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    Quote Originally Posted by teikyo30 View Post
    Ha! I like to think I got into computers years ago because I like tech stuff. The boobs don't hurt. I am open-minded about stuff, it's just frustrating that waaaaaaaaaaaaaaaaaaaay back in high school I hung out with the gearheads, but I was more into the Apple 2E, TRS-80, C64, etc than cars. Which would have been fine if I wound up rich like a lot of the nerds, but I didn't.
    Hey, everybody has their passions. Rich or not, your lucky to have a passion.

    Hydraulic brakes and systems are very very simple. On one end you have a device that pushes fluid, and on the other end you have a device that reacts to it. A braking system is the same. When you push the pedal, it makes a piston inside a little tube push fluid through small hoses that are attached to the calipers inside your wheels. When the fluid pushes into these calipers, they also have little pistons that push on friction pads. These friction pads (brake pads) are on each side of a brake rotor (disc). They squeeze the brake disc and slow the car down. Take a drinking glass. Hold it on the bottom with your left hand. With your other hand grab the top lip of the glass with your thumb on the inside of the glass and your index finger on the outside. Spin the glass with your left hand. When you clamp your two fingers on the top of the glass, you won't be able to spin the glass anymore. That in theory is how disc brakes work. When the friction materials on your brake pads wear down you will need to replace them. This is what your facing. Basically all you have to do is remove the brake pads, push the little pistons back in the caliper to make room for the new pads that have more friction material than your used pads, and bolt it back together. If the rotor (disc) is worn down, you replace them at the same time. It's all very very basic and simple stuff, but can save you hundreds, sometimes thousands of dollars when you do it yourself.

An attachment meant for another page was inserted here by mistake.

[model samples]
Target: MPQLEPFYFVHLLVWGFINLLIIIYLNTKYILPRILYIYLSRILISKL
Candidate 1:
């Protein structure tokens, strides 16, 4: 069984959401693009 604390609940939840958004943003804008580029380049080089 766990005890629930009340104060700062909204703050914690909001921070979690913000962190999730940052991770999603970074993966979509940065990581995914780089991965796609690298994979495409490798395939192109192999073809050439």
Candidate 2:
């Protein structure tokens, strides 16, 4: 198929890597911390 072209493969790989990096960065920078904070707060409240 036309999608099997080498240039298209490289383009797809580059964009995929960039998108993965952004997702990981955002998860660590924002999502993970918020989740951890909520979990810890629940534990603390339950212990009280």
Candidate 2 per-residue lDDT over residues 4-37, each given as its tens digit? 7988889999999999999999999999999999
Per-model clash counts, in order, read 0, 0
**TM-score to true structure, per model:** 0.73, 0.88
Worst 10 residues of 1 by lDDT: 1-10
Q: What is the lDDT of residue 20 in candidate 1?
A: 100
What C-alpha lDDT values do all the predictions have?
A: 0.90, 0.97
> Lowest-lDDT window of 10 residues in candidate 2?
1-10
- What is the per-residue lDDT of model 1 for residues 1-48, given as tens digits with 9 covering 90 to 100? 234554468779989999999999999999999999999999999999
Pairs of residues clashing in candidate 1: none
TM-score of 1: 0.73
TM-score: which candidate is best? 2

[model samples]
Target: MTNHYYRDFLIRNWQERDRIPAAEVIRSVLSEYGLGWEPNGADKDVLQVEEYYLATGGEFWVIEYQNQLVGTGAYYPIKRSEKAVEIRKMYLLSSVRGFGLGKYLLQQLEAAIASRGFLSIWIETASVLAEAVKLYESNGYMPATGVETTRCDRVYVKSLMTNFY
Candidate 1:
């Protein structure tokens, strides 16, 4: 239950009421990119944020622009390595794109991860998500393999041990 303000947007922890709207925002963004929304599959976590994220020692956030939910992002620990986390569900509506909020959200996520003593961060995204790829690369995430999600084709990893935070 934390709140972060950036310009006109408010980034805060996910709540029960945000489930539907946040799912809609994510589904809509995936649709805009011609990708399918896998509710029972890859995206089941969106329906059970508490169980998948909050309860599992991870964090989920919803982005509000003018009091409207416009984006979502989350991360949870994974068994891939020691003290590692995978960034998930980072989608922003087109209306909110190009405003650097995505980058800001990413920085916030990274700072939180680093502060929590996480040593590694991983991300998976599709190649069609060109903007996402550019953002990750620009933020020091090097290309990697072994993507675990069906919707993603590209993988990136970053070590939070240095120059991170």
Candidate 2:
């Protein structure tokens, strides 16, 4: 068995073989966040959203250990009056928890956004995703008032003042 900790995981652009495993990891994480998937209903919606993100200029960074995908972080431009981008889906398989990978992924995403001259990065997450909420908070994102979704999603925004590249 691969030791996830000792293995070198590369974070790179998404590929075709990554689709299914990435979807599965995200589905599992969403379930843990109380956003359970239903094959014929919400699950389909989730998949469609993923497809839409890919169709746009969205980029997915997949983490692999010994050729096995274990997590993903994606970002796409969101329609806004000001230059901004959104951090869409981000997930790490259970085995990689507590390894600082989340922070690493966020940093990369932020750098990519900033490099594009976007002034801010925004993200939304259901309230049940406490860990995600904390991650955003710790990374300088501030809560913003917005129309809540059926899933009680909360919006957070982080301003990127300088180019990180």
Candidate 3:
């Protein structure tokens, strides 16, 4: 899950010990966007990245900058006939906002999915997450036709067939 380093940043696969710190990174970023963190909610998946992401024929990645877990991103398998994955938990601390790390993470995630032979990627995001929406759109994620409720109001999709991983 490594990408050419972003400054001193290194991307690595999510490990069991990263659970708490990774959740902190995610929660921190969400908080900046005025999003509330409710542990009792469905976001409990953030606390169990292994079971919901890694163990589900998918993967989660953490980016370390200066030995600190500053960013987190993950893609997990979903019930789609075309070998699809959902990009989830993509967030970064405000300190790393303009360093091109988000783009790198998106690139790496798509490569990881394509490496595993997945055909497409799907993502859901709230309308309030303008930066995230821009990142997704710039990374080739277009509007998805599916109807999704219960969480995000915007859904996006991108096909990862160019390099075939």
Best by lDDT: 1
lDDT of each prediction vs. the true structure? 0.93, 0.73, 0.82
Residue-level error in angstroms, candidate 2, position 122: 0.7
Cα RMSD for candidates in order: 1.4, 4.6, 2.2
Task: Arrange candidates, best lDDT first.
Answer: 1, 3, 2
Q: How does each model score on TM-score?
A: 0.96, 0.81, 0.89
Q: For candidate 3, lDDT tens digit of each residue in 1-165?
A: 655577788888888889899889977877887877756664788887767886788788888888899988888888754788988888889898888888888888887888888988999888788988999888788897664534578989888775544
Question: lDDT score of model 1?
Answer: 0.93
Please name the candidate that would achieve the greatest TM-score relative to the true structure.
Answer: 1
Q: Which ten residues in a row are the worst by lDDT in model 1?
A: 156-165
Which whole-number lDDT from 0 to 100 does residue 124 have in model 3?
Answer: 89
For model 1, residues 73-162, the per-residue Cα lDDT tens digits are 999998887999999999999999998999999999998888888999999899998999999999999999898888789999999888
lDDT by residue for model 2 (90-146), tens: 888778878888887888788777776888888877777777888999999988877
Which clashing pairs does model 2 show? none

Also, a hydraulic system has to be free of air in the system. It is a sealed system. If air is introduced, the system cannot push fluid. That's where bleeding comes in to play. If no brake lines are disturbed, no fluid lost, and no air is introduced into the hydraulic system, you will not have to bleed the brakes.
    Last edited by Trainrex; 02-03-2011 at 09:01 AM.

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    Quote Originally Posted by SD_GR View Post
    Then you remember LOGO and the turtle thingy on the IIe, tape drives, the early separate hard discs, and huge floppies. Brakes are generally easier.
    I liked the big floppies. You could use a hole puncher and make them double sided

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    Quote Originally Posted by Trainrex View Post
    Also, a hydraulic system has to be free of air in the system. It is a sealed system. If air is introduced, the system cannot push fluid. That's where bleeding comes in to play. If no brake lines are disturbed, no fluid lost, and no air is introduced into the hydraulic system, you will not have to bleed the brakes.
    So yes to the C-clamp then? I watched a few videos and they just used the old pads with the C-clamp to push the thingy back into the majigy, lol, and then they put the new pads in. Do I need to take the cap off the brake fluid under the hood when I do all this? As for the rotors, last time when I did the fronts they were worn a little and the mechanic said they could machine them or replace them, or if I didn't have the extra cash I could do it next time. I opted to do it next time. Subaru said my front brakes were fine, so I'm assuming the rotors really don't need to be done that often?